University of Maryland Survey Shows that Residents Don’t Support Interlocks for First-Time Offenders

WASHINGTON – Today, the American Beverage Institute (ABI), which represents over 150 Maryland restaurants, criticized the Maryland chapter of Mothers Against Drunk Driving (MADD) for pushing an ignition interlock mandate for all offenders when the majority of residents do not support such a measure.

This week, the University of Maryland released a survey on driving practices, attitudes, and concerns. The survey found that 86 percent believe that ignition interlocks (in-car breathalyzers) are an appropriate punishment for repeat drunk drivers, but less than half of Marylanders surveyed believe that interlocks are a good punishment for first-time offenders.
Yet, MADD has used the survey results to call for an interlock mandate for all offenders, even first-timers who were one sip over the limit. During the last legislative session, MADD pushed for a bill with this requirement, but it didn’t pass.
“MADD is trying to manipulate this new survey data to make it look like there is support for their misguided proposal,” said ABI Managing Director Sarah Longwell. “But, the majority of Marylanders don’t support requiring ignition interlocks for first-time offenders.”
Data from the National Highway Traffic Safety Administration (NHTSA) show that the average BAC (blood alcohol concentration) of a drunk driver in a fatal car crash is 0.18% — twice the legal limit. In addition, a former MADD president has said that the drunk driving problem has been reduced to “a hard core of alcoholics who do not respond to public appeal.”But the bill MADD is calling for fails to target this dangerous population and instead will force first-time DUI offenders, even those just one sip over the legal limit, to install breathalyzers in their cars. This survey shows that Marylanders agree that interlocks should be reserved for the worst offenders.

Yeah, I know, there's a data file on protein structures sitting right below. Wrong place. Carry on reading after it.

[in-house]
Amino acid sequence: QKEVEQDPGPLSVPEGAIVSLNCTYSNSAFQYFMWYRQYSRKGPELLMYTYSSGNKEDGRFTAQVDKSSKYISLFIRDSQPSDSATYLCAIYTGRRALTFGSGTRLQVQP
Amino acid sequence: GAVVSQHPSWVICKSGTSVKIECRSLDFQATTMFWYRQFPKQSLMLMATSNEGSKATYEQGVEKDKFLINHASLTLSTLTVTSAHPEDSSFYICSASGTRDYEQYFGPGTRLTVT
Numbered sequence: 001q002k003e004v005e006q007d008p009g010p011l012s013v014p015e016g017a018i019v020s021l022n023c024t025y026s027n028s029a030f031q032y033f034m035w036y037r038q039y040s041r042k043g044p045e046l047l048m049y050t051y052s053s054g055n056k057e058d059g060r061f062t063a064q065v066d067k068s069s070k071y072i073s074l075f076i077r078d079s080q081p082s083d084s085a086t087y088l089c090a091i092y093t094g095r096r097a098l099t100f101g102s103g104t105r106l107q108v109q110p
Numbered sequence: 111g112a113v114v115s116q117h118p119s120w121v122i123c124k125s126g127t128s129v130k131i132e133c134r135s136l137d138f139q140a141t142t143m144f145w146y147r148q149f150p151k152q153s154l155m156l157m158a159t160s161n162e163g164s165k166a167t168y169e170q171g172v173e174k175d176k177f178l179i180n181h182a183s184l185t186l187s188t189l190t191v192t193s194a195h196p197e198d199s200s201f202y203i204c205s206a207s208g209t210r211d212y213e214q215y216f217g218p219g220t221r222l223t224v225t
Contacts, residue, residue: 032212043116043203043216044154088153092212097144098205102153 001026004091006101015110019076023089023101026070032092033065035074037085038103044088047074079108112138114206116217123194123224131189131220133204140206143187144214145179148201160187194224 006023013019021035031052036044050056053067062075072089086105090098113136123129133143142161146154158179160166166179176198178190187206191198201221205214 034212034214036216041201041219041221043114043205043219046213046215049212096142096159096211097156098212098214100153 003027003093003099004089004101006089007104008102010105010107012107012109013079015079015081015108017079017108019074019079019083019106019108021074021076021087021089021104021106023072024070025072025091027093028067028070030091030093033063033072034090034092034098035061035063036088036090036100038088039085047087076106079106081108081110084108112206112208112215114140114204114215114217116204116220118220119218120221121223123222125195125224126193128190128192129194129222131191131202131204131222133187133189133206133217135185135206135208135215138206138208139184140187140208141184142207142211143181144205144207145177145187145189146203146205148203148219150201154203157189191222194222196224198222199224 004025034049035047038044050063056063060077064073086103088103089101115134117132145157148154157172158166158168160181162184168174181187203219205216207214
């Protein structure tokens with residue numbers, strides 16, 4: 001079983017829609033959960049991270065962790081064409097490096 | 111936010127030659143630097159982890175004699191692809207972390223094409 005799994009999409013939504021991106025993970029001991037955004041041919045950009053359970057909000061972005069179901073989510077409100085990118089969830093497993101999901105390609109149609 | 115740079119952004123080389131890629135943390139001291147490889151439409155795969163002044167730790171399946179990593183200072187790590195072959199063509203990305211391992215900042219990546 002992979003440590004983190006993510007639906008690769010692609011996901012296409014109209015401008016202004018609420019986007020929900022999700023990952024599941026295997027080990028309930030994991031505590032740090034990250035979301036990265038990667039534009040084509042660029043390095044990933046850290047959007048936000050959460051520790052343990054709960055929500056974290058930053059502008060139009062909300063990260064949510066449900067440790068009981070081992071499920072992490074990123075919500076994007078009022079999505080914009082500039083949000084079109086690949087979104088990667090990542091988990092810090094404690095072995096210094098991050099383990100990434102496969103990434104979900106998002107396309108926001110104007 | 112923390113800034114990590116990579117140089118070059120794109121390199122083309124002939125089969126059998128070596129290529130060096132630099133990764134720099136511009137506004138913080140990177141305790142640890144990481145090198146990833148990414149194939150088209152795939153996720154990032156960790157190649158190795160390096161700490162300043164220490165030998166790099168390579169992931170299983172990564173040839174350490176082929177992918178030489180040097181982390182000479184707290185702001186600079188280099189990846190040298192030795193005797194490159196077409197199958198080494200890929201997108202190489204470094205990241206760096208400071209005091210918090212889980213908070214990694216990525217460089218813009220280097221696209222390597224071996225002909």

MADD’s push for first-offender bills is part of a little-known movement that seeks to mandate ignition interlock technology in all cars as standard equipment in the United States.
“The truth is MADD is desperate to punish first-offenders with interlocks because they want to make the technology more ubiquitous and subtly encourage the public to be supportive of in-car alcohol-sensors,” Longwell continued. “Thus, efforts to put interlocks in all cars will be met with less public resistance.”
“The Maryland legislature should require interlocks for high-BAC and repeat-offenders, not all first-offenders,” she concluded.
Original Outlet: Array
In Depth on the Issue

Ignition Interlocks

ABI supports the use of ignition interlock devices for repeat offenders and first-time offenders with BAC levels of .15 or higher, but opposes laws requiring low-BAC first-time offenders to install interlocks. States already lack the resources to ensure that the most dangerous drunk drivers — who are responsible for the vast…
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